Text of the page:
Claim strike-out was wrong decision
The EAT has held that a tribunal had been wrong to strike out a claim as having no reasonable prospects of success at a pre-hearing review. The EAT in this case recognises that, although the rules for strike-outs were amended in 2001 so as to be less rigorous, tribunals should not be overzealous in striking out a case as having no reasonable prospects unless the facts as alleged by the claimant disclose no arguable case in law.
Ezsias v North Glamorgan NHS Trust
Breach of employer’s disciplinary code is evidence of race discrimination
In Aziz v Crown Prosecution Service, the Court of Appeal held that the employment tribunal was correct to infer that discrimination on racial grounds had occurred where the employer had breached its own code in relation to disciplinary hearings, and the employer could not give a satisfactory explanation of why the breaches had occurred.
Tribunal can hear post-employment detriment claim
An employee who suffered a detriment for making a protected disclosure could rely on the whistleblowing provisions in the Employment Rights Act 1996 even though the detriment occurred after her employment had terminated. This Court of Appeal decision overrules an earlier one in which it had held that the whistleblowing provisions only protect workers against a detriment suffered while in employment.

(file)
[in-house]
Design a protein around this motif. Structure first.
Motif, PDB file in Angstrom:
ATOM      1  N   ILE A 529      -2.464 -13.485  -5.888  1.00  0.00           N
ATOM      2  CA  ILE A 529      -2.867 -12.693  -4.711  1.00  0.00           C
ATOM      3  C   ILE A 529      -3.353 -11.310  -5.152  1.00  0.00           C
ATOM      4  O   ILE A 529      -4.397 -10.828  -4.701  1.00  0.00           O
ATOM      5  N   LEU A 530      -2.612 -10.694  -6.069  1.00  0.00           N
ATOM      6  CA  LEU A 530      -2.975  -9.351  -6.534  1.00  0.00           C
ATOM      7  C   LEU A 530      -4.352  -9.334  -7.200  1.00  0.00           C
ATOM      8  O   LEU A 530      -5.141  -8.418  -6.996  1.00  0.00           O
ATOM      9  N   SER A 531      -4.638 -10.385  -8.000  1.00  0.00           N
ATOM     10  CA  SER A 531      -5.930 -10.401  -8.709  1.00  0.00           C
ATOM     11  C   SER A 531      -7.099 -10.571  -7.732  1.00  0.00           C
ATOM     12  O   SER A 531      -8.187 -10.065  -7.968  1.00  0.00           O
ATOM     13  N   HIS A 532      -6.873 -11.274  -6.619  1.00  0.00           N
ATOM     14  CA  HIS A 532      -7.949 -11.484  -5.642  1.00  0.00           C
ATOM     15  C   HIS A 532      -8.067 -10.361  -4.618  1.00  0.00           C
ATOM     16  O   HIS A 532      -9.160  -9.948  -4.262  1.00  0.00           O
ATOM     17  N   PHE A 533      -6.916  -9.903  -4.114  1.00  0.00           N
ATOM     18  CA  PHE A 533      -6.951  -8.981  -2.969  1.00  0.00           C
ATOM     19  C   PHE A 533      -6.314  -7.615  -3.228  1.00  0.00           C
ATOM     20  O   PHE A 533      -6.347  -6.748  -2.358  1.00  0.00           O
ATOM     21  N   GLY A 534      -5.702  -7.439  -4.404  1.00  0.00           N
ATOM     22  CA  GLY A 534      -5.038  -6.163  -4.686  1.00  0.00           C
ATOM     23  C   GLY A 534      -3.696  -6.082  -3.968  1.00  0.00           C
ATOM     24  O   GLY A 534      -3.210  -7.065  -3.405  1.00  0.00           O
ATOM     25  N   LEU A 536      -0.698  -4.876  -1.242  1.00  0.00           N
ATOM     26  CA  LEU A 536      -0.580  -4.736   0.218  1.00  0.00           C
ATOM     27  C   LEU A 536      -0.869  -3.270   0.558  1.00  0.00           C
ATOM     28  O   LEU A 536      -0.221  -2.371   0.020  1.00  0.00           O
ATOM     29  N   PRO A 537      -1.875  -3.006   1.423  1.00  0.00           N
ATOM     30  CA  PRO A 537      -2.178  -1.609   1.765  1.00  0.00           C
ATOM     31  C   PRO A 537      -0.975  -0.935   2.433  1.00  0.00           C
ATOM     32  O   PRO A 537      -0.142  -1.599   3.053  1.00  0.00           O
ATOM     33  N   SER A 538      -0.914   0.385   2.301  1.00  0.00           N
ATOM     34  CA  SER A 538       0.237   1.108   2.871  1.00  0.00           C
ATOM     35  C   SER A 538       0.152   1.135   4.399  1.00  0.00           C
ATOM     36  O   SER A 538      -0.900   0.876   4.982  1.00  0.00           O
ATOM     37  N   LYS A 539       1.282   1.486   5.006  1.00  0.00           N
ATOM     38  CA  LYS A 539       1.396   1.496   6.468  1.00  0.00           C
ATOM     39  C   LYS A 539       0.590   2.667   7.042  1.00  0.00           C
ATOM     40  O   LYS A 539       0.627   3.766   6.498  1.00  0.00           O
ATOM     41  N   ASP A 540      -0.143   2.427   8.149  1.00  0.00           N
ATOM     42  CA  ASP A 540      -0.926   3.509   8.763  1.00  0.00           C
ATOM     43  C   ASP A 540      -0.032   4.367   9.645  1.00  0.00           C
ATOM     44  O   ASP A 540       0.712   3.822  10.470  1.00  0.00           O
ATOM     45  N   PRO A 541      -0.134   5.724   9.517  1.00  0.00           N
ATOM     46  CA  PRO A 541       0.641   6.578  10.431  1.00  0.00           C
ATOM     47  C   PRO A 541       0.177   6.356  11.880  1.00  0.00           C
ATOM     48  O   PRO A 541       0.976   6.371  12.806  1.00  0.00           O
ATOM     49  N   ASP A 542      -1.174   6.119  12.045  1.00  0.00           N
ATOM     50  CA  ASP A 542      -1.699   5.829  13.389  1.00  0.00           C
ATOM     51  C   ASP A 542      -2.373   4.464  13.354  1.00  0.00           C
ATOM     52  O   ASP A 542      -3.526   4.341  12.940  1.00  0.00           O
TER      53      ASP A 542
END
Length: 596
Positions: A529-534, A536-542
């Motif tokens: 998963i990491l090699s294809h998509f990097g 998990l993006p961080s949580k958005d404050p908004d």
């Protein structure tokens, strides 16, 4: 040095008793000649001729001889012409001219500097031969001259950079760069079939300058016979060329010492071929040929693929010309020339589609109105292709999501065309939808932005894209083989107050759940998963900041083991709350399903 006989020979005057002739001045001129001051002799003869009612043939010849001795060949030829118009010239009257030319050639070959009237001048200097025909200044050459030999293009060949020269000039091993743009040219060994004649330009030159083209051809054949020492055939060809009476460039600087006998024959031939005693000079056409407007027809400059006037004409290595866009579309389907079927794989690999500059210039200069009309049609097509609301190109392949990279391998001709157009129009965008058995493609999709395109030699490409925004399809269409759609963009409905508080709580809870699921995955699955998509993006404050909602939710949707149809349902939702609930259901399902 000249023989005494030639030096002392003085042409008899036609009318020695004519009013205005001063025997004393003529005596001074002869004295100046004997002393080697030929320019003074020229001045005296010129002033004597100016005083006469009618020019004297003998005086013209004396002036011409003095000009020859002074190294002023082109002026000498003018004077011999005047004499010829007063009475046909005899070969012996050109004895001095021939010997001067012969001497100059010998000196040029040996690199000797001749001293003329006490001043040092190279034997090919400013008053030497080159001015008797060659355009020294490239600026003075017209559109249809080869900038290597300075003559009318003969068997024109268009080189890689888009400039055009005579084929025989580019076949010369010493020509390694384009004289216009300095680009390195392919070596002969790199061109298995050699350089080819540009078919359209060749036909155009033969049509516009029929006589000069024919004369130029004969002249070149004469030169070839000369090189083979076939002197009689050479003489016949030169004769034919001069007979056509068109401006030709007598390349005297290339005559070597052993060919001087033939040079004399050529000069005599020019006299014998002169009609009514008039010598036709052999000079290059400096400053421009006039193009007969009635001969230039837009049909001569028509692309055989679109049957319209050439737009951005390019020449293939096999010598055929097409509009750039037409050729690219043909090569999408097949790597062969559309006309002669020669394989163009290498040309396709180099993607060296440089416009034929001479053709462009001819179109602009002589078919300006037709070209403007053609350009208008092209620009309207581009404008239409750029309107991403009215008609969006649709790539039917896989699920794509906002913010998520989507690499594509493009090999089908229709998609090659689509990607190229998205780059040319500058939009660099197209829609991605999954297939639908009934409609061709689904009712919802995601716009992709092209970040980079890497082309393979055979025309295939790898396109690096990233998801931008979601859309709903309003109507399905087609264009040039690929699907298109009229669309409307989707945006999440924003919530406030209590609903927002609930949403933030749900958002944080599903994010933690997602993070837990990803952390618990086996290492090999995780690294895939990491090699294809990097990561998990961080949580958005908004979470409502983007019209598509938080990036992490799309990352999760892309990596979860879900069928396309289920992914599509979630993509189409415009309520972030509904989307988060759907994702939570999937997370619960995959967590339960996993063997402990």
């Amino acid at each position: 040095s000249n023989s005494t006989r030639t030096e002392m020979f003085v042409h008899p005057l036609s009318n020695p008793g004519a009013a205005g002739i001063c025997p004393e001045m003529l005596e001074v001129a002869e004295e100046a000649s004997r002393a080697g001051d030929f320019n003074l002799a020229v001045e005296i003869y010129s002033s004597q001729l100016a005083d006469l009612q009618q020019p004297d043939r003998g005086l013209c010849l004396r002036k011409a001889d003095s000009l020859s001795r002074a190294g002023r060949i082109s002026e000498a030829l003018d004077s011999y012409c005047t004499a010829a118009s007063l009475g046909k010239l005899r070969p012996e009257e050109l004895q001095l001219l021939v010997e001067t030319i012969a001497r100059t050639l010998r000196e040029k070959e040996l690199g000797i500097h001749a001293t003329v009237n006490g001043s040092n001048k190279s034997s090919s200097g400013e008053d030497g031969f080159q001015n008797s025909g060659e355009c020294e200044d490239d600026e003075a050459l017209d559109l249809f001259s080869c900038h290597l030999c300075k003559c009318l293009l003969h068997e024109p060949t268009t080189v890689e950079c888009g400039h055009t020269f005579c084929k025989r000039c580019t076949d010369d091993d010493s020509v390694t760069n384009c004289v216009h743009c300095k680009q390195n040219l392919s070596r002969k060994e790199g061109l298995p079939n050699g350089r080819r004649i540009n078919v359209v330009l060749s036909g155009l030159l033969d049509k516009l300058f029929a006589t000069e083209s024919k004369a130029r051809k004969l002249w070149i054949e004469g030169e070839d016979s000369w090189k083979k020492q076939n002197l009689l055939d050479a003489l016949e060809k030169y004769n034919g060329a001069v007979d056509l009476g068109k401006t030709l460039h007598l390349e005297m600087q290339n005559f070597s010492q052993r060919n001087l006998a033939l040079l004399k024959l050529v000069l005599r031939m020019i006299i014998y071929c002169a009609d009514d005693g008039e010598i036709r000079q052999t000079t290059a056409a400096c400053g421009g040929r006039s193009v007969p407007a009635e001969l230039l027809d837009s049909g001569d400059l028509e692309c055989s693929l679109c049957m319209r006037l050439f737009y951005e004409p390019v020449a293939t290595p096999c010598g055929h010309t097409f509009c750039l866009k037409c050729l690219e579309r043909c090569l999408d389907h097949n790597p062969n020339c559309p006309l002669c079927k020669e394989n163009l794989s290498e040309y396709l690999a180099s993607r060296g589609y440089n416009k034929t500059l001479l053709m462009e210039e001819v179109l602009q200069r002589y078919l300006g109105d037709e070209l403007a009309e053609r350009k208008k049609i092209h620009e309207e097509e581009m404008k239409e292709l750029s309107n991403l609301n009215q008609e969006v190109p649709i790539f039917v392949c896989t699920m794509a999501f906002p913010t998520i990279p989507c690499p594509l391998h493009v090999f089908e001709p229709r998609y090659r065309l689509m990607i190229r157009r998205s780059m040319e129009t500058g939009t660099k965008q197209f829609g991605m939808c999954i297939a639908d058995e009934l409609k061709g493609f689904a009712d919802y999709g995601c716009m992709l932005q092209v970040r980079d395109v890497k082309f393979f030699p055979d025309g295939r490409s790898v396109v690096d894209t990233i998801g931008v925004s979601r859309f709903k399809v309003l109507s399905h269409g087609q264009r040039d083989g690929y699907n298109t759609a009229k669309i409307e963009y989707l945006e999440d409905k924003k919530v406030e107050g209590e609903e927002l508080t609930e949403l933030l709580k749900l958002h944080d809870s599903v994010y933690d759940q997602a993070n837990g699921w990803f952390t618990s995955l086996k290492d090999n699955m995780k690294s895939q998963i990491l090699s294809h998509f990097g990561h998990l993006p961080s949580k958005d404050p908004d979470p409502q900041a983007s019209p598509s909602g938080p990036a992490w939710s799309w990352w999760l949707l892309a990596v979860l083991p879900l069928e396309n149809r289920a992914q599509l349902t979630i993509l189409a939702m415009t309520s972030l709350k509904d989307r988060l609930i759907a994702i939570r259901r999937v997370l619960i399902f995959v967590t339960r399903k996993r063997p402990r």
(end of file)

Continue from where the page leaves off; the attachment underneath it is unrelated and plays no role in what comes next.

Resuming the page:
Woodward v Abbey National plc
Extension of time limit
The statutory grievance procedures automatically extend the original time limit for presenting a tribunal claim by three months. In such cases, the extended time limit starts on the day after the day the original time limit ends. So, an employee whose normal time limit for bringing an unfair dismissal claim expired on 19 September 2005 had until 20 December 2005 to present a valid claim.
Singh t/a Rainbow International v Taylor
By Joe Glavina, legal director, and Phil Williams, associate, Addleshaw Goddard